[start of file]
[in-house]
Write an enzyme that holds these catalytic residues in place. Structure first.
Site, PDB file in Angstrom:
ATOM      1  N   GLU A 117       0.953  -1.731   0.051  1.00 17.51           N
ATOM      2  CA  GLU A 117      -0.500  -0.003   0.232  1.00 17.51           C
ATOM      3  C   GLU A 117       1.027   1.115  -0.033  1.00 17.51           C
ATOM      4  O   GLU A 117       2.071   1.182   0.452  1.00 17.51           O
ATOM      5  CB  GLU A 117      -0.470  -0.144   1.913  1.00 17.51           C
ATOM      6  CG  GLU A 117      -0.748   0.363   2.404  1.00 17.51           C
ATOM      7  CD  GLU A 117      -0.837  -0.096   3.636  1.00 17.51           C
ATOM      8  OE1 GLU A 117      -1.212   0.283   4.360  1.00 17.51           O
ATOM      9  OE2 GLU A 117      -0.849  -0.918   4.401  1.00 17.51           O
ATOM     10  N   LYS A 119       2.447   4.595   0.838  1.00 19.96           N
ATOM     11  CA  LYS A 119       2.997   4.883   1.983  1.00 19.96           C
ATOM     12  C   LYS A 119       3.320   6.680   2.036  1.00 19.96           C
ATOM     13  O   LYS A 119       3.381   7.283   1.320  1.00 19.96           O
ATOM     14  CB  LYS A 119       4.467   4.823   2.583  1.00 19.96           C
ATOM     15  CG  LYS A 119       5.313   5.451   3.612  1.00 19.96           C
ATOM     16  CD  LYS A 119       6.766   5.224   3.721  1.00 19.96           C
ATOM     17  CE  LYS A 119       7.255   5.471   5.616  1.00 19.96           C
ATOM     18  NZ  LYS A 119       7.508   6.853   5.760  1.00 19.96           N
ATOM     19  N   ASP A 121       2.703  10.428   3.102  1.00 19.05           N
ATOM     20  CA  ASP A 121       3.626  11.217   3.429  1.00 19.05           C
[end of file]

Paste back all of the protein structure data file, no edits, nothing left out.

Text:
[in-house]
Write an enzyme that holds these catalytic residues in place. Structure first.
Site, PDB file in Angstrom:
ATOM      1  N   GLU A 117       0.953  -1.731   0.051  1.00 17.51           N
ATOM      2  CA  GLU A 117      -0.500  -0.003   0.232  1.00 17.51           C
ATOM      3  C   GLU A 117       1.027   1.115  -0.033  1.00 17.51           C
ATOM      4  O   GLU A 117       2.071   1.182   0.452  1.00 17.51           O
ATOM      5  CB  GLU A 117      -0.470  -0.144   1.913  1.00 17.51           C
ATOM      6  CG  GLU A 117      -0.748   0.363   2.404  1.00 17.51           C
ATOM      7  CD  GLU A 117      -0.837  -0.096   3.636  1.00 17.51           C
ATOM      8  OE1 GLU A 117      -1.212   0.283   4.360  1.00 17.51           O
ATOM      9  OE2 GLU A 117      -0.849  -0.918   4.401  1.00 17.51           O
ATOM     10  N   LYS A 119       2.447   4.595   0.838  1.00 19.96           N
ATOM     11  CA  LYS A 119       2.997   4.883   1.983  1.00 19.96           C
ATOM     12  C   LYS A 119       3.320   6.680   2.036  1.00 19.96           C
ATOM     13  O   LYS A 119       3.381   7.283   1.320  1.00 19.96           O
ATOM     14  CB  LYS A 119       4.467   4.823   2.583  1.00 19.96           C
ATOM     15  CG  LYS A 119       5.313   5.451   3.612  1.00 19.96           C
ATOM     16  CD  LYS A 119       6.766   5.224   3.721  1.00 19.96           C
ATOM     17  CE  LYS A 119       7.255   5.471   5.616  1.00 19.96           C
ATOM     18  NZ  LYS A 119       7.508   6.853   5.760  1.00 19.96           N
ATOM     19  N   ASP A 121       2.703  10.428   3.102  1.00 19.05           N
ATOM     20  CA  ASP A 121       3.626  11.217   3.429  1.00 19.05           C